President Donald Trump has violated several little-known laws and regulations which specifically require the executive branch to protect whistleblowers in the intelligence community, according to attorneys dedicated to protecting whistleblowers’ legal rights.
The Washington, D.C.-based law firm of Kohn, Kohn & Colapinto released a timely–and increasingly relevant–explanatory overview of federal whistleblower protections on Wednesday based on the combined legal expertise of the firm’s eponymous partners.
“Federal employee whistleblower and confidentiality rights are frequently misunderstood,” a press release accompanying the release of the FAQ noted. “Some confusion about whistleblower rights to confidentiality has emerged as a media frenzy intensified surrounding the Intelligence Community whistleblower who filed a complaint alleging concerns about President Trump’s conduct in August.”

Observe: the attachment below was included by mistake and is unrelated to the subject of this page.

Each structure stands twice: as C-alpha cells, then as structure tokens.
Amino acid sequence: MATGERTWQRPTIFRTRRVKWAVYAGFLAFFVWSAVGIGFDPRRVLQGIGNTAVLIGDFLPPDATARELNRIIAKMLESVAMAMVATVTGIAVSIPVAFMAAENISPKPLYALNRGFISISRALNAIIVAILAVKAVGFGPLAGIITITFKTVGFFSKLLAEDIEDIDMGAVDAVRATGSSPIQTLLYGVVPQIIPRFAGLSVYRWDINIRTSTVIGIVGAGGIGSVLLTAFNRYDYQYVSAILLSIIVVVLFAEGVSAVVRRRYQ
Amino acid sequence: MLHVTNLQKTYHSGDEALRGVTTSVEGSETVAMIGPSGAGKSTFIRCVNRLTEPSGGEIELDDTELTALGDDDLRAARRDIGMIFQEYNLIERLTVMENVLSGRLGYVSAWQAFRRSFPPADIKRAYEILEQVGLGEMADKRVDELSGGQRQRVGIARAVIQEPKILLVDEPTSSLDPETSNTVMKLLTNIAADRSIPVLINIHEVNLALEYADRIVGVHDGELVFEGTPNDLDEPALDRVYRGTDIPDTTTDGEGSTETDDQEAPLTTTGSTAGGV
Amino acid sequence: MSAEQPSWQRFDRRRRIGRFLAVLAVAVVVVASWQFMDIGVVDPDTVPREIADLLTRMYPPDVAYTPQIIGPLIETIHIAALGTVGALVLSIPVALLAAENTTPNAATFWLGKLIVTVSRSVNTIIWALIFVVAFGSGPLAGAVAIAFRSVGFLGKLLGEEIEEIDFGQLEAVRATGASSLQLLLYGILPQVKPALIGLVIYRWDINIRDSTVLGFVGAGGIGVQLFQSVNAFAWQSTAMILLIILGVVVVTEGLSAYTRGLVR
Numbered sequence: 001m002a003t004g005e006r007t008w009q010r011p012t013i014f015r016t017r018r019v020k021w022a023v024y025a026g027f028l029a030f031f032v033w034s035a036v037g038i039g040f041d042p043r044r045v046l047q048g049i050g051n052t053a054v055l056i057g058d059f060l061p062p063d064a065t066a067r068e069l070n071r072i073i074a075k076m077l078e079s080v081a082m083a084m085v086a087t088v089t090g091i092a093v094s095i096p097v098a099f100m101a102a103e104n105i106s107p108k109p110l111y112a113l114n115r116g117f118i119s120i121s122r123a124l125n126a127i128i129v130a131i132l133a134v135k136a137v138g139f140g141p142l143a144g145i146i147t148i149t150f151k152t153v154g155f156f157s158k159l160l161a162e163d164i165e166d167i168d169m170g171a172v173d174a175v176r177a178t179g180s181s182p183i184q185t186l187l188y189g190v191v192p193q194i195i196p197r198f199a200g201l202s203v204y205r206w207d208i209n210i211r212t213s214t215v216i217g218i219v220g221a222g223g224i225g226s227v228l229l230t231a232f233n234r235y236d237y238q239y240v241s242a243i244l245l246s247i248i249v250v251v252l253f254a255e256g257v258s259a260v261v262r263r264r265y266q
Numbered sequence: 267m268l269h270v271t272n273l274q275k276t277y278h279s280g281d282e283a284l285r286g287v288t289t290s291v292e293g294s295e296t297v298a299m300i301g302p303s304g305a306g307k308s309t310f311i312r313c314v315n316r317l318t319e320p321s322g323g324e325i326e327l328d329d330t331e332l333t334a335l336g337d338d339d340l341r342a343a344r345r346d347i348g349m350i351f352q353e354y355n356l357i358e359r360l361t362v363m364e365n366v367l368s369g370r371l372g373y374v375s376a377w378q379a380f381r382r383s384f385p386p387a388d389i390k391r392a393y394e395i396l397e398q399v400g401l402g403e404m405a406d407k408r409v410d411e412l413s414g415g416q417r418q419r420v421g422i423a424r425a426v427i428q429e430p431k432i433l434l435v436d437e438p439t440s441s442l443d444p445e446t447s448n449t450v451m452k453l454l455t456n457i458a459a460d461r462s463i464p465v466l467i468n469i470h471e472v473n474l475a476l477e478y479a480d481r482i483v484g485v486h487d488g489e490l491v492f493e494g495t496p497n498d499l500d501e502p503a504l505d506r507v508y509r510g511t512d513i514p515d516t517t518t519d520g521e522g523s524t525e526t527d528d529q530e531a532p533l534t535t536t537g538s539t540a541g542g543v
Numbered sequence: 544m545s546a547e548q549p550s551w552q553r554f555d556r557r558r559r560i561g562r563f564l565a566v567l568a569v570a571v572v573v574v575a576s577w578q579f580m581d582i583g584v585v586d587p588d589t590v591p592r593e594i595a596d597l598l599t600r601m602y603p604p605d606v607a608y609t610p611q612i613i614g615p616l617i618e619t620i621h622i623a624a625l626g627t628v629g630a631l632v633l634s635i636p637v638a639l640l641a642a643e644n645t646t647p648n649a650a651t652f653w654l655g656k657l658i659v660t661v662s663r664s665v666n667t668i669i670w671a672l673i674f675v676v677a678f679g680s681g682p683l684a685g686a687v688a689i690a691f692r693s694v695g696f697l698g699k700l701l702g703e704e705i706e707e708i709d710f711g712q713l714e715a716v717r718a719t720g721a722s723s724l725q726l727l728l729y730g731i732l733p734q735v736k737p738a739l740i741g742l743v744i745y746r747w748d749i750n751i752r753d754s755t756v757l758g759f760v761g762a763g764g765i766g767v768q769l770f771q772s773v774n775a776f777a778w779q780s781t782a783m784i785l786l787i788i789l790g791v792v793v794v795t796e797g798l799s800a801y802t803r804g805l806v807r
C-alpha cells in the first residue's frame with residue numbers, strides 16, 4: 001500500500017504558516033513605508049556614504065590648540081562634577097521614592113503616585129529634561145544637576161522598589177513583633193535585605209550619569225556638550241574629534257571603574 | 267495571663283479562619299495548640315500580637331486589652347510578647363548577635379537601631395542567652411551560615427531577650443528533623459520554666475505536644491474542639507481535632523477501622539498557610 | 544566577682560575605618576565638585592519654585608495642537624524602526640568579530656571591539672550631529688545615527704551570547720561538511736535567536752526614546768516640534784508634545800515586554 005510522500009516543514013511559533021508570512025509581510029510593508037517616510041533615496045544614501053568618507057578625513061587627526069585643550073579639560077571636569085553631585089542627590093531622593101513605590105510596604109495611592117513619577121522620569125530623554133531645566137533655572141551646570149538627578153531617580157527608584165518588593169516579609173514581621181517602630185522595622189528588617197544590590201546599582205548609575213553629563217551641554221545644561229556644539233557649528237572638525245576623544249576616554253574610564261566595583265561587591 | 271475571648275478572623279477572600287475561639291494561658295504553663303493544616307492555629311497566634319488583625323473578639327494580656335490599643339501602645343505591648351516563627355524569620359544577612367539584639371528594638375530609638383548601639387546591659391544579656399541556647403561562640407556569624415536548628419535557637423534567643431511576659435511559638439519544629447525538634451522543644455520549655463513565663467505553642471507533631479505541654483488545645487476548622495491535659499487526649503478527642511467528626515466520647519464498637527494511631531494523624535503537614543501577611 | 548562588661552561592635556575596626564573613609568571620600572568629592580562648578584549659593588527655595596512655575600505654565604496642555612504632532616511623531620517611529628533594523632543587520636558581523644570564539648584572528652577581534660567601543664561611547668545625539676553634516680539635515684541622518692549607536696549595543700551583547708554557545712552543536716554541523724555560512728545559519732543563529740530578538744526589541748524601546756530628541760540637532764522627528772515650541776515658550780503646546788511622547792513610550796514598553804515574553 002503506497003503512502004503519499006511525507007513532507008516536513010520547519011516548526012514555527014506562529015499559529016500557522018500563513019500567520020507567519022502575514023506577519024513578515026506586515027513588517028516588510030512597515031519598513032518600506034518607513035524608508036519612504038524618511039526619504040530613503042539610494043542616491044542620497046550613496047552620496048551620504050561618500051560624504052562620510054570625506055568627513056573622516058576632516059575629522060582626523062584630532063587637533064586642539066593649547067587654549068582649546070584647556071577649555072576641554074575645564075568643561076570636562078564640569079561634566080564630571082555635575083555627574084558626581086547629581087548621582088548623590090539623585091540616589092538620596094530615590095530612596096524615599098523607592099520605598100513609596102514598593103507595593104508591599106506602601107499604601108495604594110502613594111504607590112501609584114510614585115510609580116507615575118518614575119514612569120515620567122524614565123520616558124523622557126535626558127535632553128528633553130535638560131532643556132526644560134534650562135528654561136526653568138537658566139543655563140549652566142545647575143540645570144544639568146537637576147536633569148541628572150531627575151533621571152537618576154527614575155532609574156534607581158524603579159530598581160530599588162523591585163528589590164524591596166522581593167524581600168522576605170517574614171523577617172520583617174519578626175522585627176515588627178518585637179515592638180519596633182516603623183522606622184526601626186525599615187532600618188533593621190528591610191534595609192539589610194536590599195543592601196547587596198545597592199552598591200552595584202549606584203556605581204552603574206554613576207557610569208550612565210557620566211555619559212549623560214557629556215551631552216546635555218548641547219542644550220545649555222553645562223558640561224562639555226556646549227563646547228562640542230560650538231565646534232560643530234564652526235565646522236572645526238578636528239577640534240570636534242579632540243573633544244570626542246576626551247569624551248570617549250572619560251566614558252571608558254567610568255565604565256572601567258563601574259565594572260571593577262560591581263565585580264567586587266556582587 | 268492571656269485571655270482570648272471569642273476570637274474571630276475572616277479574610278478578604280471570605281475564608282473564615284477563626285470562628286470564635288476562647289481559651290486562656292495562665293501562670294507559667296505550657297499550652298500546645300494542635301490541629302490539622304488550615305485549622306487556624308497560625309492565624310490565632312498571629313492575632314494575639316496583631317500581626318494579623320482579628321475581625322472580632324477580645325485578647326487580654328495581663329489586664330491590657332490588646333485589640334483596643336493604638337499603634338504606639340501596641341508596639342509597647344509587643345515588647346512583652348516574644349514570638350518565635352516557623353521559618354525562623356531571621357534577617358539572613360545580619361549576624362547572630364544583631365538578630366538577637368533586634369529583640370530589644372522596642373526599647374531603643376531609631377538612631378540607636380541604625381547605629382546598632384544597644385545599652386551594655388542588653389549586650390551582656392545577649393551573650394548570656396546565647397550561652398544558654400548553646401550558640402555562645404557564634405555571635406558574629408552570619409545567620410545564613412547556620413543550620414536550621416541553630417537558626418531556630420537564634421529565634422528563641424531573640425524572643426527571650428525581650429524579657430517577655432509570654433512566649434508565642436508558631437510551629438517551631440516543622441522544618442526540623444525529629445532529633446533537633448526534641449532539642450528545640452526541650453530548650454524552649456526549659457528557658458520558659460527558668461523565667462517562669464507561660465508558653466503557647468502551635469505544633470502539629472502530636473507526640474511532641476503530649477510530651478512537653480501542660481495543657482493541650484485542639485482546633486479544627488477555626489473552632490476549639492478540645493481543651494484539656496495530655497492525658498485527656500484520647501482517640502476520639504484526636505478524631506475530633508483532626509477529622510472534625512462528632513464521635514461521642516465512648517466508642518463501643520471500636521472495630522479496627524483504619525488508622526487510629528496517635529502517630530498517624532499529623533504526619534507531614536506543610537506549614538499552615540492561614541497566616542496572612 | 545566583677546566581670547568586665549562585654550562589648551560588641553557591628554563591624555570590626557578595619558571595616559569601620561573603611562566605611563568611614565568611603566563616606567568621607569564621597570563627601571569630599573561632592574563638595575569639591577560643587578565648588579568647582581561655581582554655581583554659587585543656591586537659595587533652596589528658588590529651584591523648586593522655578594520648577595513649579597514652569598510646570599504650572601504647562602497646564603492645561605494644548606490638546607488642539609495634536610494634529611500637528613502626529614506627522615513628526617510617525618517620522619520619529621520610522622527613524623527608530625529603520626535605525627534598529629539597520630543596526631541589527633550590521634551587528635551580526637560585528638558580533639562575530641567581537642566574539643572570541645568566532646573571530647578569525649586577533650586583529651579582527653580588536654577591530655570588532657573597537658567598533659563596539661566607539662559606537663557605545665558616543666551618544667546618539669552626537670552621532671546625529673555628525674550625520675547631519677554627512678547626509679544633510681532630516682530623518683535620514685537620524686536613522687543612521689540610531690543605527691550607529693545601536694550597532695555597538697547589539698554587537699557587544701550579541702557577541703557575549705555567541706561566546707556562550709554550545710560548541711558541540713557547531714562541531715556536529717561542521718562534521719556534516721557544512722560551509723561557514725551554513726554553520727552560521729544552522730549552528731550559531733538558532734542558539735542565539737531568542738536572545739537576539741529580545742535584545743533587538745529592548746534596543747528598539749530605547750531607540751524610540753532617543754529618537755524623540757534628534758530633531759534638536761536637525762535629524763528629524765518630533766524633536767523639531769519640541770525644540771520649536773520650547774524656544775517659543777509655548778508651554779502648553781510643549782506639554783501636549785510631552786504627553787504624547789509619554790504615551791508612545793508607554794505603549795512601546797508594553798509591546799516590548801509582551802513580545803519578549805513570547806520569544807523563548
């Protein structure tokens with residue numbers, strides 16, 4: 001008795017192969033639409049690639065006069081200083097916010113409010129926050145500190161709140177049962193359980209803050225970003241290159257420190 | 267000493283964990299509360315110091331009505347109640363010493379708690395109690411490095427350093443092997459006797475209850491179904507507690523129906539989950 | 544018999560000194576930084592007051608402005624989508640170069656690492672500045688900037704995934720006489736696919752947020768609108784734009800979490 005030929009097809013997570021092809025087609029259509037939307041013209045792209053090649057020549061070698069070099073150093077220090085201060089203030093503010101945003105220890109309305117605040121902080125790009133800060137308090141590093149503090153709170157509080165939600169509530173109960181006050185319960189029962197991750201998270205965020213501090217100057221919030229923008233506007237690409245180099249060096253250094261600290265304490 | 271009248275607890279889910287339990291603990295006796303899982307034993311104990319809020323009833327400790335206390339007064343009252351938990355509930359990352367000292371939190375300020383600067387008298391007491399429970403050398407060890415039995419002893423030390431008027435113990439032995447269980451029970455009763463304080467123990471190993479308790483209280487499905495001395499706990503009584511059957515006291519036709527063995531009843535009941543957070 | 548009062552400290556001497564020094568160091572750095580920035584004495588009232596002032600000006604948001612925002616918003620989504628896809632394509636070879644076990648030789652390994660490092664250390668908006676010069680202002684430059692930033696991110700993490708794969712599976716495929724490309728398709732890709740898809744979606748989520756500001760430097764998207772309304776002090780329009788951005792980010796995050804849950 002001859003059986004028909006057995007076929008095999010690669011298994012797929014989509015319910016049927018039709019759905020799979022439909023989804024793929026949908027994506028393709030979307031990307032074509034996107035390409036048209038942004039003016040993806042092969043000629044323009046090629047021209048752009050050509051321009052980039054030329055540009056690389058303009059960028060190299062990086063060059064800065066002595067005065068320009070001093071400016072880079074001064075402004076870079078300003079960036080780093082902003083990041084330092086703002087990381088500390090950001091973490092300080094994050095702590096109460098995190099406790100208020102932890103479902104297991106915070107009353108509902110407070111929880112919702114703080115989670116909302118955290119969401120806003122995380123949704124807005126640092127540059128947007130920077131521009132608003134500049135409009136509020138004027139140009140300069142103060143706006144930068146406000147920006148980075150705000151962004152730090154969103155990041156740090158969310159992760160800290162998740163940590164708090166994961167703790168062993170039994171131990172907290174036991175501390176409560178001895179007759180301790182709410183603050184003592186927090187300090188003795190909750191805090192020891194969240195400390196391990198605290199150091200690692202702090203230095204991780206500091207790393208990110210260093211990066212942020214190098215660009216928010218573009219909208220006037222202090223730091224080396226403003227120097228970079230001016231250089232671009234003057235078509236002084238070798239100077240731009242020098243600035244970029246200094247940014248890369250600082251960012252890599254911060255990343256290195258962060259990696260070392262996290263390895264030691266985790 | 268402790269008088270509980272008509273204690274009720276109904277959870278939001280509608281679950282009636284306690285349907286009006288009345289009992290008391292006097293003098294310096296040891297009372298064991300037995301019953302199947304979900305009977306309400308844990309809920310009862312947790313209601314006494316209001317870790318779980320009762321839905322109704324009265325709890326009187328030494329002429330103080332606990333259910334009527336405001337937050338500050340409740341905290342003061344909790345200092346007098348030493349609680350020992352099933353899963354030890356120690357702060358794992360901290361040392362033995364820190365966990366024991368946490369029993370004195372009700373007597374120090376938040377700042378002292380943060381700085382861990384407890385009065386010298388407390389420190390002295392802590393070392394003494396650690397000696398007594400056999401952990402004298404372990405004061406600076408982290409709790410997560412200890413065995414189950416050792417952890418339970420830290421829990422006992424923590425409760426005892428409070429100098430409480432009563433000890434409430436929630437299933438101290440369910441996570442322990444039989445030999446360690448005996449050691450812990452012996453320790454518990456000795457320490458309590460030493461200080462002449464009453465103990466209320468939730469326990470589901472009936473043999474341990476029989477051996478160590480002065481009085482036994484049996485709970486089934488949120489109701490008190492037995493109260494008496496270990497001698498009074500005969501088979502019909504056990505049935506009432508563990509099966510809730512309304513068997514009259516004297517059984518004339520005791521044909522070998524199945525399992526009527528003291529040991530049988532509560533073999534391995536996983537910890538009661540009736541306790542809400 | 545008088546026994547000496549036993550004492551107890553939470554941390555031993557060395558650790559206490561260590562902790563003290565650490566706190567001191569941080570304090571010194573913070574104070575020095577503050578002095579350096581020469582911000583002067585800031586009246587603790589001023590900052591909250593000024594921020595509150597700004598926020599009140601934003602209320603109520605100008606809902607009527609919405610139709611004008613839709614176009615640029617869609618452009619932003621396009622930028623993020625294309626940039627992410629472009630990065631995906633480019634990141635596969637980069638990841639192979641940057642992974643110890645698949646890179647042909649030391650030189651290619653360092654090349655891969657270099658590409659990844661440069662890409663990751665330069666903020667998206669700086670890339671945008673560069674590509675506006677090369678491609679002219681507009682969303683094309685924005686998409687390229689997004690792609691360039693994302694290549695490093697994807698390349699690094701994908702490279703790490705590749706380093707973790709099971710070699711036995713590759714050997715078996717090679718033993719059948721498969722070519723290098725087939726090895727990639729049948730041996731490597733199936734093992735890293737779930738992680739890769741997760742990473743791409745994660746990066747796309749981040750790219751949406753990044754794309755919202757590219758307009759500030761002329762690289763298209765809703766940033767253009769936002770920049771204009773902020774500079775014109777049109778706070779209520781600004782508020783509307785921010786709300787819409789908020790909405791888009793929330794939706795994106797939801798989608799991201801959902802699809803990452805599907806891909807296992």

Attorney David K. Colapinto explained a great deal of that FAQ over email by elaborating on several federal whistleblower protections in the context of the alleged quid pro quo controversy–and Trump’s arguably unlawful response to those allegations–that’s led to ongoing impeachment hearings in the U.S. House of Representatives.
“Simply stated, President Trump can’t harass and retaliate against a whistleblower for weeks or months on end and say he is carrying out his duty to enforce the whistleblower statute,” Colapinto told Law&Crime in response to a series of emailed questions.